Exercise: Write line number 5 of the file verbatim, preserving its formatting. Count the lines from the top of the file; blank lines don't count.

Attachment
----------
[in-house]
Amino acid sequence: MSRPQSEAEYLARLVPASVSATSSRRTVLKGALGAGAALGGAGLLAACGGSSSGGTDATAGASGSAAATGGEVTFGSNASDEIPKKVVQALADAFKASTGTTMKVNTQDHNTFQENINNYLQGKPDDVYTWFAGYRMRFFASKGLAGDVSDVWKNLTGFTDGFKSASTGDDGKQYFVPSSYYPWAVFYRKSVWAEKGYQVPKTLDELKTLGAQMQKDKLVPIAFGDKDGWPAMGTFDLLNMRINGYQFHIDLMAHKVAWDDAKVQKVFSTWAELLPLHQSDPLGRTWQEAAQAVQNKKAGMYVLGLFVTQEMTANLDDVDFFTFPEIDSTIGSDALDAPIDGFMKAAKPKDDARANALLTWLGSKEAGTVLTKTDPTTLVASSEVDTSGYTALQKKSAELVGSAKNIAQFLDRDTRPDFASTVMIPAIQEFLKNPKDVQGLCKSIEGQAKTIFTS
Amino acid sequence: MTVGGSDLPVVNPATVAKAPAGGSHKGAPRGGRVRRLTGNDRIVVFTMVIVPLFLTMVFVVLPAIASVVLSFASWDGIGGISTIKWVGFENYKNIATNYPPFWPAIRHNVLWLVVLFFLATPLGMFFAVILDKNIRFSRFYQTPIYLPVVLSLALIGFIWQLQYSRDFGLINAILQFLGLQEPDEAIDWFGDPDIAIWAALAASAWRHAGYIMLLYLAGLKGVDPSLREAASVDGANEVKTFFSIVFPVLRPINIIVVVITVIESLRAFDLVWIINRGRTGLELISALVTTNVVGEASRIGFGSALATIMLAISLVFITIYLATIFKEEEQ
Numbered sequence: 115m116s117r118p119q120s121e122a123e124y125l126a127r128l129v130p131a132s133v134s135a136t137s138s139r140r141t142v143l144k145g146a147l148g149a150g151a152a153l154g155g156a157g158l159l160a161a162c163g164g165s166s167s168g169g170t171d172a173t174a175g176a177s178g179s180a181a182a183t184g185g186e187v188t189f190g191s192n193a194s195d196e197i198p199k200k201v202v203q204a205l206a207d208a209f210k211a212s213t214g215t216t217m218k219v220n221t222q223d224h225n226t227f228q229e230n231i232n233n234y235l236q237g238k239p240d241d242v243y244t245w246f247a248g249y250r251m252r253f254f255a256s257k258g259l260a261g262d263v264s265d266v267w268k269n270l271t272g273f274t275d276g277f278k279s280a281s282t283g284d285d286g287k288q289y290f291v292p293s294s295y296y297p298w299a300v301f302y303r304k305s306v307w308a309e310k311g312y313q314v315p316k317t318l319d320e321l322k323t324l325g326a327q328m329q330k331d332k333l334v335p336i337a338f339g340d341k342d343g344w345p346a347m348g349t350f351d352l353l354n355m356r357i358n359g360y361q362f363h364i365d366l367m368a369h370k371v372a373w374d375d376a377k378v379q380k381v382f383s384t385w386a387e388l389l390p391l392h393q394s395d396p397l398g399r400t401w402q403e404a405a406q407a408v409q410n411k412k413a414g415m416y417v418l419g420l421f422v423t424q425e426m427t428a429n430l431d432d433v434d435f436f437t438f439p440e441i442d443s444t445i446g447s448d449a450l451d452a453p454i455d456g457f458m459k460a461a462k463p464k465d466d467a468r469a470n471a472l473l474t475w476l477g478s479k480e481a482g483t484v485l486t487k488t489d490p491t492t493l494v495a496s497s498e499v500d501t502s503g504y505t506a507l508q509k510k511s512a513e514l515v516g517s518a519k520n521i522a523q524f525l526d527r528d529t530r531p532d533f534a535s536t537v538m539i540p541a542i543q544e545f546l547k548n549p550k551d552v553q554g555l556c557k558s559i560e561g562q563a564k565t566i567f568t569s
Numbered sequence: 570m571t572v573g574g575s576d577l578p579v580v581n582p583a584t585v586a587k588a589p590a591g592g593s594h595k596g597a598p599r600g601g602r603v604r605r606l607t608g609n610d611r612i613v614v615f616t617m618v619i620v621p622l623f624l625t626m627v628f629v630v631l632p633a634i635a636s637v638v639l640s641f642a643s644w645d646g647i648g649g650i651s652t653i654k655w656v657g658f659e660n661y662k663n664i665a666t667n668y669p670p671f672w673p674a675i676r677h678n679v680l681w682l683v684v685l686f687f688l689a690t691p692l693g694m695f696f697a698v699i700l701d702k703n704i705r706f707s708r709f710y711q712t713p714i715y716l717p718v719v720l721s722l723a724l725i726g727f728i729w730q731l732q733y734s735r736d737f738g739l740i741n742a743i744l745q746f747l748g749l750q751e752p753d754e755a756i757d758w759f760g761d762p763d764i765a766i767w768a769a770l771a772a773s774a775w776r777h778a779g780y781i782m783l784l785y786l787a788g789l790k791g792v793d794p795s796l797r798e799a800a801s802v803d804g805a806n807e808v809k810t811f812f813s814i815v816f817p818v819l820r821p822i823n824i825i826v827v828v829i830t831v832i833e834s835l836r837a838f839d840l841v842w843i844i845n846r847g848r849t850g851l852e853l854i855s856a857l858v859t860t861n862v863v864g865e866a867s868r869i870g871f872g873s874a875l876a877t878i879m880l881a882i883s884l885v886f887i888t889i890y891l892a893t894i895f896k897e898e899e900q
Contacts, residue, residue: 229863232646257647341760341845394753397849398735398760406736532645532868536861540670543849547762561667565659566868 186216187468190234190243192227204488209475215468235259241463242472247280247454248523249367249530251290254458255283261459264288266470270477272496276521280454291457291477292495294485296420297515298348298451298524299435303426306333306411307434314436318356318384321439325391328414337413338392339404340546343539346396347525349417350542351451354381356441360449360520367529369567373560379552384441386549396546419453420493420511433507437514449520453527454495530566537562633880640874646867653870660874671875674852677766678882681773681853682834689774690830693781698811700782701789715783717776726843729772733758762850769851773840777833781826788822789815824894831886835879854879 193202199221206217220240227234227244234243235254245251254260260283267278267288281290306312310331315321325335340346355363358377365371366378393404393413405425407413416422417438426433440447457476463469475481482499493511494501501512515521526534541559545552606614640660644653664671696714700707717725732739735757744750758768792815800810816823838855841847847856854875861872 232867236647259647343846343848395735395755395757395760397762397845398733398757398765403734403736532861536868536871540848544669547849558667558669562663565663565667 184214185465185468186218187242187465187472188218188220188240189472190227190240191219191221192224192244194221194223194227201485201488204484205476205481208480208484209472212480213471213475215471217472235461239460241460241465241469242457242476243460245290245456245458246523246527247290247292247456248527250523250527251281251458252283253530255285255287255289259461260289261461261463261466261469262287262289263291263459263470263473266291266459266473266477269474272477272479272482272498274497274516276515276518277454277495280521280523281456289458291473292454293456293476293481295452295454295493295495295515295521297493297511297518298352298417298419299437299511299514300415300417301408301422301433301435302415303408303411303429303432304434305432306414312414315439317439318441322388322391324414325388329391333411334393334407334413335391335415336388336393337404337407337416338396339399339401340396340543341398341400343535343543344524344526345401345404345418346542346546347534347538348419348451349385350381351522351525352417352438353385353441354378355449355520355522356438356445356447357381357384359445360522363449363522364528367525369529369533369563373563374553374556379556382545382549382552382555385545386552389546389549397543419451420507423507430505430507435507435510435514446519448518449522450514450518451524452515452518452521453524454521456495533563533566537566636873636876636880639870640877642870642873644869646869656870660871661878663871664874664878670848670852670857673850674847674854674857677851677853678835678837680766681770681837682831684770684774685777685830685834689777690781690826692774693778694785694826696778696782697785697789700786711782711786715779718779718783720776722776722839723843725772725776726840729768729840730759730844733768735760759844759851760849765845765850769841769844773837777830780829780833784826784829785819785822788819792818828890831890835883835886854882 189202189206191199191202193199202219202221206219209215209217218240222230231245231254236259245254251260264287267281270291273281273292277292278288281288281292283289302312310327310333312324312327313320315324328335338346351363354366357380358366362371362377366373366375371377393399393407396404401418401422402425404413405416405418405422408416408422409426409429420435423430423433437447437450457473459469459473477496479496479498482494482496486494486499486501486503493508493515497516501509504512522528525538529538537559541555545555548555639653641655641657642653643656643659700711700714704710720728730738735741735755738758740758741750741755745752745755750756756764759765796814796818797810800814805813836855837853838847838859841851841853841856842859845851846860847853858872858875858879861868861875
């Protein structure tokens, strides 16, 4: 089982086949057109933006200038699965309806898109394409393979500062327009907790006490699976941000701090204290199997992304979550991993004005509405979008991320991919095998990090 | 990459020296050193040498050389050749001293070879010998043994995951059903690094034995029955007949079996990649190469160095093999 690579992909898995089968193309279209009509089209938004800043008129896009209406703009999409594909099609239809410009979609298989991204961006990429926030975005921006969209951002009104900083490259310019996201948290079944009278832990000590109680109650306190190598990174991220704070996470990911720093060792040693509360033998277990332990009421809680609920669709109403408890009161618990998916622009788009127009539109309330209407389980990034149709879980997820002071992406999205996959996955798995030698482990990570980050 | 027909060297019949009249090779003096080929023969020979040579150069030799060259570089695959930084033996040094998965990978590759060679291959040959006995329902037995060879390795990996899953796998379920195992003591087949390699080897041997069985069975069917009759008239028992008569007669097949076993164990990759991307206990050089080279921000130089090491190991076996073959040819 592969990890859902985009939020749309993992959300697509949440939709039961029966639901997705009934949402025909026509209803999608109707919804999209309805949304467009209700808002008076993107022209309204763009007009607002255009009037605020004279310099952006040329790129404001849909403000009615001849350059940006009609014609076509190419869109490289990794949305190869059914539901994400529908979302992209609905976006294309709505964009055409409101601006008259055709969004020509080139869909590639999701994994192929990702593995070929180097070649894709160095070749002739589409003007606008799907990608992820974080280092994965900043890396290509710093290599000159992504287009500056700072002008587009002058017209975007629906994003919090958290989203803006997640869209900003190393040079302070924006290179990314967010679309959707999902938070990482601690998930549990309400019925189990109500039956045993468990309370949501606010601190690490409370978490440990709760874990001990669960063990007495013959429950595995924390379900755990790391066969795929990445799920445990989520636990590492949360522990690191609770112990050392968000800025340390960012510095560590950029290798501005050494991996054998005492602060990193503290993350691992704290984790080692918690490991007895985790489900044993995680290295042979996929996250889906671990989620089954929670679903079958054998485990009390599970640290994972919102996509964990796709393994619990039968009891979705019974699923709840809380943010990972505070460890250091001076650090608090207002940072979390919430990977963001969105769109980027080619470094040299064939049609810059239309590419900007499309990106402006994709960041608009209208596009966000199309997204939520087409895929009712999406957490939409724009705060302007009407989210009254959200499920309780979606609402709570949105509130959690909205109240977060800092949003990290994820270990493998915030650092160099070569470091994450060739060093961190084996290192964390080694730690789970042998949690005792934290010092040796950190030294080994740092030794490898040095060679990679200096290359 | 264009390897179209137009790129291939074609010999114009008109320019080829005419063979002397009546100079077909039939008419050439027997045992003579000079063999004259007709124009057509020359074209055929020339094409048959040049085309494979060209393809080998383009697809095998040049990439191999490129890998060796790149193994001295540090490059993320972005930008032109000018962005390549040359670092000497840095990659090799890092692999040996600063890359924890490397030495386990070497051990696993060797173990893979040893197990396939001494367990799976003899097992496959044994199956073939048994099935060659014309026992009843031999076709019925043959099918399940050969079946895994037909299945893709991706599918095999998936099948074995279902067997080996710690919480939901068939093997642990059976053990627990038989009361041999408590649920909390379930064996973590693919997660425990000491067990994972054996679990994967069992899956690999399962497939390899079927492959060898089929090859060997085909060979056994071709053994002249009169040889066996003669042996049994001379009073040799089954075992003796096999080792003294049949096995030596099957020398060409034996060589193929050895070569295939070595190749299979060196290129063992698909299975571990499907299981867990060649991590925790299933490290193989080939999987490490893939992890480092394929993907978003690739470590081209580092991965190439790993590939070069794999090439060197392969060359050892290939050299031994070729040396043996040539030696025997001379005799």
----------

Numbered sequence: 570m571t572v573g574g575s576d577l578p579v580v581n582p583a584t585v586a587k588a589p590a591g592g593s594h595k596g597a598p599r600g601g602r603v604r605r606l607t608g609n610d611r612i613v614v615f616t617m618v619i620v621p622l623f624l625t626m627v628f629v630v631l632p633a634i635a636s637v638v639l640s641f642a643s644w645d646g647i648g649g650i651s652t653i654k655w656v657g658f659e660n661y662k663n664i665a666t667n668y669p670p671f672w673p674a675i676r677h678n679v680l681w682l683v684v685l686f687f688l689a690t691p692l693g694m695f696f697a698v699i700l701d702k703n704i705r706f707s708r709f710y711q712t713p714i715y716l717p718v719v720l721s722l723a724l725i726g727f728i729w730q731l732q733y734s735r736d737f738g739l740i741n742a743i744l745q746f747l748g749l750q751e752p753d754e755a756i757d758w759f760g761d762p763d764i765a766i767w768a769a770l771a772a773s774a775w776r777h778a779g780y781i782m783l784l785y786l787a788g789l790k791g792v793d794p795s796l797r798e799a800a801s802v803d804g805a806n807e808v809k810t811f812f813s814i815v816f817p818v819l820r821p822i823n824i825i826v827v828v829i830t831v832i833e834s835l836r837a838f839d840l841v842w843i844i845n846r847g848r849t850g851l852e853l854i855s856a857l858v859t860t861n862v863v864g865e866a867s868r869i870g871f872g873s874a875l876a877t878i879m880l881a882i883s884l885v886f887i888t889i890y891l892a893t894i895f896k897e898e899e900q